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Porsche SE Is Latest Company To Join The Space Race

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Porsche symbol on black car. Porsche AG is a German automobile manufacturer | Porsche SE Is Latest Company To Join The Space Race | featured

Porsche SE, the holding company controlling auto giant Volkswagen Group, is now the latest investor to join the space race. The company, a joint holding by the Porsche and Piëch families, is investing in Isar Aerospace. It’s a German space startup that plans to enter the business of launching satellites.

RELATED: Space Race Heats Up As Virgin Galactic To Launch July 11

Isar To Compete In Launching Satellites

Isar aims to compete in space rocket production and satellite launch services. American aerospace companies like SpaceX and Blue Origins are currently dominating the industry. Tesla CEO Elon Musk leads the former while the latter’s chief financier is Amazon founder Jeff Bezos. Meanwhile, billionaire Richard Branson is a founder of Virgin Galactic. Both Branson and Bezos reached outer space via space flights earlier this month.

At present, Blue Origin and SpaceX are getting funding from their billionaire leaders. They are also looking into instituting manned space missions. Meanwhile, Isar wants a part of the less flashy market of launching satellites into orbit. Isar plans to launch its first test flight sometime next year.

Porsche SE Invests In Isar

Porsche SE will invest around $75 million in the venture. This is part of a total of $165 million in funding for Isar. HV Capital and Swiss bank Lombard Odier also gave money to round out the investment. 

The automaker said it will receive a percentage stake in the single digits. “The funding will allow Isar Aerospace to further invest in its launch, testing, and manufacturing infrastructure for its largely automated rocket production and commercial operations,” Isar Aerospace said in a statement.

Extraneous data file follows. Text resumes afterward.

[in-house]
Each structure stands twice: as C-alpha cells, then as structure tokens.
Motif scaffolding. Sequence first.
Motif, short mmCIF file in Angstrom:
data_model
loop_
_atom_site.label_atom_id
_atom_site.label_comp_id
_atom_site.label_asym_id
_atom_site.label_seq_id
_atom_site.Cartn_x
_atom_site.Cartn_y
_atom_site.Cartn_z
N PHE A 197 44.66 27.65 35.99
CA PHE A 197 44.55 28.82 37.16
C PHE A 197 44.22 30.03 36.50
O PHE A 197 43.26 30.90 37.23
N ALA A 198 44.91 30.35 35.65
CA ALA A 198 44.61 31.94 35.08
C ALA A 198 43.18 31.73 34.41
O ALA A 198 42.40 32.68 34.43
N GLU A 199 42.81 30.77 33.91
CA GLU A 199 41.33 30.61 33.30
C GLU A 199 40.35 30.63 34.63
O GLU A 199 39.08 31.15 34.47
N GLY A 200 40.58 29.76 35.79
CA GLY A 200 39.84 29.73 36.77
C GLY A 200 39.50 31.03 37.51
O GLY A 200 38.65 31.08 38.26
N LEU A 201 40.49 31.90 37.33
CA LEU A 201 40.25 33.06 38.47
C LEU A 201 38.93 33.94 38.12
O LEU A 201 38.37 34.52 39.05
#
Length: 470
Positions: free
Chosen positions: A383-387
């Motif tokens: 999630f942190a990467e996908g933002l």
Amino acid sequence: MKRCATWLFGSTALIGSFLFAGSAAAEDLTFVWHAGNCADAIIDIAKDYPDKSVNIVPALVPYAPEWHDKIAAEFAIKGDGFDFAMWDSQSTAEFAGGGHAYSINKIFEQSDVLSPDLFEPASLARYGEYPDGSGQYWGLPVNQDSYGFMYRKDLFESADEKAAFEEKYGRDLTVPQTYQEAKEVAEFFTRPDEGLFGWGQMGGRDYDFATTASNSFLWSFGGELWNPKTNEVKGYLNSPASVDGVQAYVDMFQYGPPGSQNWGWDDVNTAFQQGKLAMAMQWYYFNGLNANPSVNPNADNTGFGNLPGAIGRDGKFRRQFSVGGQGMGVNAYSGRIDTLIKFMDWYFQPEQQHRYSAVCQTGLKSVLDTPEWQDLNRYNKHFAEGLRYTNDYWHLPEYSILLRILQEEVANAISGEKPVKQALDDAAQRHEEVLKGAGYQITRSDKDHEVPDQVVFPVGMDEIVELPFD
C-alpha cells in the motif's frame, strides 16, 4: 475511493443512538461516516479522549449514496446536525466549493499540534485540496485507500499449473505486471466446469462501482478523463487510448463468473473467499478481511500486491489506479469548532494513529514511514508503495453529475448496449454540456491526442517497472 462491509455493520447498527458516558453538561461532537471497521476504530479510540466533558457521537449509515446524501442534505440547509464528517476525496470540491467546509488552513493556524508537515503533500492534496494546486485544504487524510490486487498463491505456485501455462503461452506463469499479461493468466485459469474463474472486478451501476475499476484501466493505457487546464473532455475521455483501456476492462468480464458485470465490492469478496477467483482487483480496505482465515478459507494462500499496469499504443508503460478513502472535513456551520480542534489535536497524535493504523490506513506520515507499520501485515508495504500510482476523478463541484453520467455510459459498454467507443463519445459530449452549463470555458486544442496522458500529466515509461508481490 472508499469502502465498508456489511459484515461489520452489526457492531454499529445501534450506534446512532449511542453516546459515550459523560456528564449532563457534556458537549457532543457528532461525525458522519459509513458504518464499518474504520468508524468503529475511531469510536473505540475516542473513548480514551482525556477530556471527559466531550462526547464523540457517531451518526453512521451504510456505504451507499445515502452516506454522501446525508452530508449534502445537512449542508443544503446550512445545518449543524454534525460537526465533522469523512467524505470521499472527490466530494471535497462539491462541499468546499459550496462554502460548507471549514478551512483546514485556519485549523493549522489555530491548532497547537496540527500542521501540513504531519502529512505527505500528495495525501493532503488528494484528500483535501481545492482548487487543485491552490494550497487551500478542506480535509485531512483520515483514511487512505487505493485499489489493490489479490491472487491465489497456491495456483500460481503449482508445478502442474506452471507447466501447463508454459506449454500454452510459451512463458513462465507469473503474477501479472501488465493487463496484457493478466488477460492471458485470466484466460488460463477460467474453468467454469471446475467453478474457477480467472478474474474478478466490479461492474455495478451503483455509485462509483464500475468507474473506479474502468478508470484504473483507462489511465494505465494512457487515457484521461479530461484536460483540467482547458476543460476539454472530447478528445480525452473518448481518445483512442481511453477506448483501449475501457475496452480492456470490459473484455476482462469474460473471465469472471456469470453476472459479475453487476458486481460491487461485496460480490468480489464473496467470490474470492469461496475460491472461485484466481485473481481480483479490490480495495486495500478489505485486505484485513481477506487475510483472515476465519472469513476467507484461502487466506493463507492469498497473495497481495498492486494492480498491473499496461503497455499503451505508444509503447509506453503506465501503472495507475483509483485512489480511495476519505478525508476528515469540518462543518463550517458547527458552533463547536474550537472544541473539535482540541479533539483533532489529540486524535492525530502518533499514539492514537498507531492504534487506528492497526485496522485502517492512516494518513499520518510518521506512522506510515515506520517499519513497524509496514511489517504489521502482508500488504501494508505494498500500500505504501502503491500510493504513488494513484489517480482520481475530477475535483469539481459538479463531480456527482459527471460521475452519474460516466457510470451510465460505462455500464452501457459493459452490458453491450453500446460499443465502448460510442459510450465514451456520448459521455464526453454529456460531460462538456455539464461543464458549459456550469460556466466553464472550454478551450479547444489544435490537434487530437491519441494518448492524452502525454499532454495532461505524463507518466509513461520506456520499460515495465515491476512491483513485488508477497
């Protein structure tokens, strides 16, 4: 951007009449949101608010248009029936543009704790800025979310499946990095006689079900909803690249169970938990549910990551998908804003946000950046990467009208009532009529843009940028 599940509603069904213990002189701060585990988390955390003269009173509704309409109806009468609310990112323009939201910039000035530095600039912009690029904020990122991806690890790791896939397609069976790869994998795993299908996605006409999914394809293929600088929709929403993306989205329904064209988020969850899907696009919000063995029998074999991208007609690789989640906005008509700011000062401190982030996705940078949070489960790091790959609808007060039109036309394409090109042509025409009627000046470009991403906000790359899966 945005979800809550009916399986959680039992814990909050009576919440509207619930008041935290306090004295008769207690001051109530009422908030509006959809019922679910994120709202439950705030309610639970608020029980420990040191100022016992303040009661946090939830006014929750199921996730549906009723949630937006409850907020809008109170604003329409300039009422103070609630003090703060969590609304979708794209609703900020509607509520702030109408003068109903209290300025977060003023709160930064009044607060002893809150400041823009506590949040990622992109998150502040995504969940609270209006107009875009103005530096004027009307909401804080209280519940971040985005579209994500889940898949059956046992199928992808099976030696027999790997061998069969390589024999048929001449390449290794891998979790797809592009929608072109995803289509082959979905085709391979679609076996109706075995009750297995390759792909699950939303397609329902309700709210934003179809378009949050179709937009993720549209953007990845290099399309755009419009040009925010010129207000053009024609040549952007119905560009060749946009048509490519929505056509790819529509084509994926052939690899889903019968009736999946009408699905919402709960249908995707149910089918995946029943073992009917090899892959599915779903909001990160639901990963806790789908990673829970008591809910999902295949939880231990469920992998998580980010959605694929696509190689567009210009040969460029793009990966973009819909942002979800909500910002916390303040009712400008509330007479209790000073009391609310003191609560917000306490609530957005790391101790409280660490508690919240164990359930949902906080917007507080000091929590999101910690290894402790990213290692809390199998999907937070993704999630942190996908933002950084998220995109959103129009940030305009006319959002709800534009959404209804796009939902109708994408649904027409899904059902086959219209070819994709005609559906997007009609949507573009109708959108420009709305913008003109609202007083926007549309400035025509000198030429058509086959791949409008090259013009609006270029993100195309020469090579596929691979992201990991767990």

The investors are keen on getting their share of the action in small satellite launches. In fact. Isar expects commercial demand for satellite services to grow in the coming years. Many tech companies rely on satellite technology to run their cloud-based applications.

SpaceX and Virgin Orbit Sending Satellites Into Space

Last month, SpaceX sent 88 satellites into orbit in a single rocket launch on behalf of its many customers. That same day, Virgin Orbit, a spinoff of Branson’s Virgin Galactic in 2017, also dispatched satellites into space owned by the US Defense Department, the Royal Netherlands Air Force, and a Polish startup called SatRevolution.

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Isar Aerospace hopes to get its share of the action. “Space will become a key technological platform for many industries worldwide — from the automotive to the telecoms sector — bringing advances and new capabilities of [Internet of Things], data encryption and storage, as well as smart farming applications and surveillance for tackling climate change,” the aerospace company said. It added that the global space launch services market is expected to increase to over $35.4 billion by 2027.

Porsche SE Moving Beyond Automobiles

While their investment in Isar seems relatively small, Porsche SE is notably moving forward beyond the automobile industry. The Volkswagen Group, which owns Porsche, Audi, and Skoda, is now poised to join the billionaire space race.

“We are convinced that cost-efficient and flexible access to space will be an enabler of innovation in many industry sectors,” Lutz Meschke, Porsche SE executive in charge of investment management, said in a statement. “With Isar Aerospace, we are investing in a company that is well-positioned to establish itself as a leading European manufacturer of launch vehicles,” he added.

Investment in Isar Aerospace now totals $180 million since 2018. Other investors include Airbus’s venture capital arm as well as former SpaceX executive Bülent Altan. Isar claims that it’s the fastest-growing private launch service company in the European Union.

Watch the Bloomberg New Economy video featuring the German rocket startup disrupting the space launch industry:

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